Andrew Korybko |
The personal rivalry between Turkish President Erdogan and “Israeli” “Prime Minister” Netanyahu has been simmering for some time, especially since they last came to rhetorical blows with one another following the Gaza flotilla raid in 2010, and it finally boiled over following Trump’s controversial decision to recognize Jerusalem as “Israel’s” “capital”.
Erdogan said that “Israel” is a “terrorist state” that “kills children”, while Netanyahu fired back by accusing the Turkish President of killing his own Kurdish citizens, jailing journalists, and helping Iran evade international sanctions. Each side is trying to gain soft power points at the expense of the other.
To wrap it all up, the takeaway is that Erdogan and Netanyahu are using their personal row with one another over Jerusalem to improve their soft power standing within their own civilizational blocs.
Turkey wants to position itself as the leader of the international Muslim community, or “Ummah”, drawing on its Ottoman-era past in this regard and recently driven forward by its vocal support for the Palestinian cause. “Israel”, on the other hand, wants to show the West that it won’t hold back in its criticism of Erdogan, with whom the US and EU have very delicate and shaky relations nowadays that thus require a certain degree of diplomatic sensitivity in handling, but to the disappointment of their citizens who would rather that their leaders take a harder line towards Turkey.
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In a sense then, one can say that Turkey and Israel aspire to lead different civilizational blocs, and that each of them are therefore using the Palestinian issue to promote their respective agendas. Turkey is the current chairman of the Organization of Islamic Cooperation (OIC), and it’s executing this role at just the right time too because it could serve as a “balanced” middle ground mediator in bringing together the competing camps involved in the Iranian-Saudi Cold War. As for “Israel”, its powerful international lobbying groups have already proven more than capable of presenting Tel Aviv as a friendly “frontline state” in the Mideast “worthy” of Western support and sympathy.
Turkey wants to position itself as the leader of the international Muslim community, or “Ummah”, drawing on its Ottoman-era past in this regard and recently driven forward by its vocal.
Each of these two competing actors have their disadvantages, though, namely in that they’re both exceptionally polarizing within their respective civilizational blocs and especially outside of it. Many Westerners fear Erdogan because they see him as an unpredictable “strongman” who’s Islamifying his constitutionally secular state and trying to become a 21st-century Sultan, the latter point of which concerns some Arabs who are afraid that he’ll try to reconquer their countries in a neo-imperialist form like what happened in the aftermath of the theater-wide “Arab Spring” Color Revolutions. When it comes to “Israel”, most Muslims don’t trust it because of its contentious modern-day creation and decades-long application of the regional divide-and-rule stratagem of the Yinon Plan, while there are an ever-growing number of Westerners who strongly oppose its treatment of the Palestinians.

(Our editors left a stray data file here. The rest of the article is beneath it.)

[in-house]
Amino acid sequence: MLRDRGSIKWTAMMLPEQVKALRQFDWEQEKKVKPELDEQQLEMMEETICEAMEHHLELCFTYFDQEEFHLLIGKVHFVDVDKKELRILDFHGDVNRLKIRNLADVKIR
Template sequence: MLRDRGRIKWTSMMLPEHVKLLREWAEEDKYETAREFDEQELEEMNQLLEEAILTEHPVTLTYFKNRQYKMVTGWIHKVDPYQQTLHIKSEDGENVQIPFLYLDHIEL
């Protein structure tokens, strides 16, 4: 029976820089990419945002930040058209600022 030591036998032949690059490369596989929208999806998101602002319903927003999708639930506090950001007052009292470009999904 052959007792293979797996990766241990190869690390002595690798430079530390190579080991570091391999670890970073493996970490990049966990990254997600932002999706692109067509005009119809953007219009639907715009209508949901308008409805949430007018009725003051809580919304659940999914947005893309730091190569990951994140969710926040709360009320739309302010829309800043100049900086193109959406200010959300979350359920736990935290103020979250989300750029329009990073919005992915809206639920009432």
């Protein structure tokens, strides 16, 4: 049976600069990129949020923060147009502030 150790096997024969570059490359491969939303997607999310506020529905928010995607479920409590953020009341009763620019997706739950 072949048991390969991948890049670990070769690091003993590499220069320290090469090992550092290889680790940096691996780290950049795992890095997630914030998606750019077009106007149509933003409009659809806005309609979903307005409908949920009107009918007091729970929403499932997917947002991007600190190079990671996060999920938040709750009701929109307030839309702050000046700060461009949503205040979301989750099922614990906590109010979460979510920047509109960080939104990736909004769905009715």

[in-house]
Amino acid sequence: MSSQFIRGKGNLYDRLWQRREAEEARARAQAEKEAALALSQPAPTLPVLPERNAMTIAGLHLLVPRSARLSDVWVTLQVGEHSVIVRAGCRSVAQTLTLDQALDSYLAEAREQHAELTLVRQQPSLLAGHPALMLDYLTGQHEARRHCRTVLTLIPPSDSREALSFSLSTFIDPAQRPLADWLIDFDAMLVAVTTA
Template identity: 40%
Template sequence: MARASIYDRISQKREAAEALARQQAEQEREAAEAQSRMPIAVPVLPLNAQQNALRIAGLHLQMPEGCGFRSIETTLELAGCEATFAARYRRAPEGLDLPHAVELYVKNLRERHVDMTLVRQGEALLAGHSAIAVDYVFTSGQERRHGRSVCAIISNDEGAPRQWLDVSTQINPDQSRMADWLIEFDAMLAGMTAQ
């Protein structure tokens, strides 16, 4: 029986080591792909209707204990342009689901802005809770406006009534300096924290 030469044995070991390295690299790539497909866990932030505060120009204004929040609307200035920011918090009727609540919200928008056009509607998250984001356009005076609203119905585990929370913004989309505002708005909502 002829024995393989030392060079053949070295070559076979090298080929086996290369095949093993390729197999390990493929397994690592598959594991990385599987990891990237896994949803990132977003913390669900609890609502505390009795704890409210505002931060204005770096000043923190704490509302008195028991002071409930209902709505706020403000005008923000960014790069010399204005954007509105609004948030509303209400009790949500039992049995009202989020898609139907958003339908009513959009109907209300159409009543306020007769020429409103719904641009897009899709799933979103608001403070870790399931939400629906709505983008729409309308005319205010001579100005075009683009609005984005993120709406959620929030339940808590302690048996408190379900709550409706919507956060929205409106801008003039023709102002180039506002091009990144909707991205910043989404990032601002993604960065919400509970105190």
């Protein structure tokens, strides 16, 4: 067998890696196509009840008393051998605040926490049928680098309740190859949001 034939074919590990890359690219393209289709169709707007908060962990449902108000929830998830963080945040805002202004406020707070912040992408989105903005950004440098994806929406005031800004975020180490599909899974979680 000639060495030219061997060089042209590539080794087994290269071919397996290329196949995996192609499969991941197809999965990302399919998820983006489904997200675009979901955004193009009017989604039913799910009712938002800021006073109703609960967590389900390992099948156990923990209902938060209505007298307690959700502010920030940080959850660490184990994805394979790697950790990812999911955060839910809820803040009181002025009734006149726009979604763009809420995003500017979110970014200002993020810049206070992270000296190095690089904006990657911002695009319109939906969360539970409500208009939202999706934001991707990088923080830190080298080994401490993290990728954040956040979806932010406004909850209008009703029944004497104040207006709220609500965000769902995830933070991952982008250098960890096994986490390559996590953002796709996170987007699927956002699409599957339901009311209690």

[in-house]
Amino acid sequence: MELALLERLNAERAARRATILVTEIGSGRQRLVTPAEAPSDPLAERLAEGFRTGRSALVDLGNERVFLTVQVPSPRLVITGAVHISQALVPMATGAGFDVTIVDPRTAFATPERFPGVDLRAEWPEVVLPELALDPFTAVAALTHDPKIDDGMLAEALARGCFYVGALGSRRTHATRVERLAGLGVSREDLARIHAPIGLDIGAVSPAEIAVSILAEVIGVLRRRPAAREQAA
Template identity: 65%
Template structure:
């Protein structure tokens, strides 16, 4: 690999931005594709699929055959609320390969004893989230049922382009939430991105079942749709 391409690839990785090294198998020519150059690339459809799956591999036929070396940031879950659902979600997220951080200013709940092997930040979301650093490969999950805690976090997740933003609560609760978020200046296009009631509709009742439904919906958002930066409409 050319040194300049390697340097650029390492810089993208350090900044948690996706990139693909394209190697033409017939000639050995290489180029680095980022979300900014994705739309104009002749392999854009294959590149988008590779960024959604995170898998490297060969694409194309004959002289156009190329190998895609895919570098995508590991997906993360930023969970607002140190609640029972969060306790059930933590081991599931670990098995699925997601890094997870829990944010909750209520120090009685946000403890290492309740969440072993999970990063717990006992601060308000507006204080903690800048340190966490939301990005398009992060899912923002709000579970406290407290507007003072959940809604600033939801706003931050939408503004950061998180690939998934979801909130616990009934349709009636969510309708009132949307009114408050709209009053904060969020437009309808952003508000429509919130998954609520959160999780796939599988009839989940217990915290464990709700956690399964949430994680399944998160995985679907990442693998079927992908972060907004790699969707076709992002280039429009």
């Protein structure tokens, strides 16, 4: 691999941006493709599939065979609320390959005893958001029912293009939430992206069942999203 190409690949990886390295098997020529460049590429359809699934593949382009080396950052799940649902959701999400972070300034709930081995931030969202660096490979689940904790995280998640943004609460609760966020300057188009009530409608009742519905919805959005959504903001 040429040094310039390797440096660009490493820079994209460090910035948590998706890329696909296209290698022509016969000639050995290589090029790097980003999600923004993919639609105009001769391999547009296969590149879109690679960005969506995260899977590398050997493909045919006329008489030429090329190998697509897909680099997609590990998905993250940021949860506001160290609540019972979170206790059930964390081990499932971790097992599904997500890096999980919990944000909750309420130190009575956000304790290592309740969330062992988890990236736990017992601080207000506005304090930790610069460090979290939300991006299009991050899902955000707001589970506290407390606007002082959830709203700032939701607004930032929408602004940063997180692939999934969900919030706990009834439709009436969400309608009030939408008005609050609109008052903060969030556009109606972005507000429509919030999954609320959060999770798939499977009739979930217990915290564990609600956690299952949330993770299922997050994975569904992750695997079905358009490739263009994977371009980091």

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To wrap it all up, the takeaway is that Erdogan and Netanyahu are using their personal row with one another over Jerusalem to improve their soft power standing within their own civilizational blocs, but that their intended audiences are eventually going to ask them to “walk the walk” one way or another after “talking so much talk” if they want to be seen as credible.
DISCLAIMER: The author writes for this publication in a private capacity which is unrepresentative of anyone or any organization except for his own personal views. Nothing written by the author should ever be conflated with the editorial views or official positions of any other media outlet or institution.
Andrew Korybko is a political analyst, journalist and a regular contributor to several online journals, as well as a member of the expert council for the Institute of Strategic Studies and Predictions at the People’s Friendship University of Russia. He specializes in Russian affairs and geopolitics, specifically the US strategy in Eurasia.The views expressed in this article are author’s own. It does not reflect Global Village Space Editorial policy.